Many, or: Not one

An American sentence

Religious people usually keep their ancestors’ traditions.

What’s an ‘American Sentence’?

Allen Ginsberg, inventor of the American Sentence, felt that the haiku didn’t work as well in English. Ginsberg decided to remove the line structure of the haiku, maintaining the requirement of 17 syllables total. He felt that removing the line count freed the American Sentence up for the idiosyncrasies of English phonemes.

The requirements:

  1. Composed in one line;
  2. Syllabic, 17 syllables;
  3. Condensed, written with no unnecessary words or articles;
  4. Complete sentence or sentences;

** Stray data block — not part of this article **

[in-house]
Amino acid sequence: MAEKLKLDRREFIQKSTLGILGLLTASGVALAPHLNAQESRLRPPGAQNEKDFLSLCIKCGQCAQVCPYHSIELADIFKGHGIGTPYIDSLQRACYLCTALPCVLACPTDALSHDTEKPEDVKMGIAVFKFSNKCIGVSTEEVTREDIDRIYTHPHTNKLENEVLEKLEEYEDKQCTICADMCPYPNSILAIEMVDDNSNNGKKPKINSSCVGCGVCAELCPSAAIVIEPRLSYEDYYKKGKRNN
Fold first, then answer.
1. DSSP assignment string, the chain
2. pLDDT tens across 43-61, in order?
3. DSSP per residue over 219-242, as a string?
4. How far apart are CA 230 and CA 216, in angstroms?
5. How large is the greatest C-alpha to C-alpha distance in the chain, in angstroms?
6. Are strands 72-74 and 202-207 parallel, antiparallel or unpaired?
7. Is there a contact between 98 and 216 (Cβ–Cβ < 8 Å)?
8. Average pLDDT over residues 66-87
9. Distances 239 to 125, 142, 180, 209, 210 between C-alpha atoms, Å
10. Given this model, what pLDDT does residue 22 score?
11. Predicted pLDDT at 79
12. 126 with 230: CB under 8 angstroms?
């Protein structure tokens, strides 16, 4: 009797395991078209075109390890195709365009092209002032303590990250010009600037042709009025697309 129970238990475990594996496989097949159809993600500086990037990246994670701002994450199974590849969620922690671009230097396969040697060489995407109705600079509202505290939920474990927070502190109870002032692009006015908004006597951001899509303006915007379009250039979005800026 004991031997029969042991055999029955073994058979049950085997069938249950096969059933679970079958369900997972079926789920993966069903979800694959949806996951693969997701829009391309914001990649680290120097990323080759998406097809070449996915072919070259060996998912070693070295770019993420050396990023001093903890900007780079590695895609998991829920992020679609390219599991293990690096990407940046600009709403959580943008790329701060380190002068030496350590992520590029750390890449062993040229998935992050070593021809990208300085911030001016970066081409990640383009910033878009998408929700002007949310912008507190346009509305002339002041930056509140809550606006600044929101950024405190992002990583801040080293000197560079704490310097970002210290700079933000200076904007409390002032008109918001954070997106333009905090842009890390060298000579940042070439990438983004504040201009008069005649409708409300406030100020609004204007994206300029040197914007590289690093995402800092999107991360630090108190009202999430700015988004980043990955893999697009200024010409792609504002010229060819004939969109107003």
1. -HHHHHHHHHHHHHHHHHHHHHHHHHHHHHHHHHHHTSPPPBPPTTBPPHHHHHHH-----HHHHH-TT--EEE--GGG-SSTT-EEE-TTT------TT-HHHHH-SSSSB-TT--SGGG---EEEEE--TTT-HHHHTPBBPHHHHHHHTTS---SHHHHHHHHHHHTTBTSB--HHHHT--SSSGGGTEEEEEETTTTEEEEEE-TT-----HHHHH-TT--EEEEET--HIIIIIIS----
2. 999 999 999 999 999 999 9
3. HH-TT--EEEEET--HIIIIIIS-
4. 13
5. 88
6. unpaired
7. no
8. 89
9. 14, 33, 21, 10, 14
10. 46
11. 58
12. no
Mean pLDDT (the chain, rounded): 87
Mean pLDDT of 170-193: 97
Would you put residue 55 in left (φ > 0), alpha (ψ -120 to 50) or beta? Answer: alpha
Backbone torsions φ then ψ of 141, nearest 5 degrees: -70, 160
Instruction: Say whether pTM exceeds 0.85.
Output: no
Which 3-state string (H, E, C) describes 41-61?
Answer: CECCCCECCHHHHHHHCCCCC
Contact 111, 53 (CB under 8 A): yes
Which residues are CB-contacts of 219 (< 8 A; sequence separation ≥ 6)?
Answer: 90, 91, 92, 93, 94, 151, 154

5. Includes a turn or enlightenment.

16 thoughts on “Many, or: Not one”

  1. I read this one and the word that jumped out at me was “usually” – it is a very unstable word but in this situation highlights a possible different outcome….

      1. I should probably clarify that I don’t have “a problem” with the American sentence form, or your example. I just don’t agree that Haiku doesn’t work in English. 🙂

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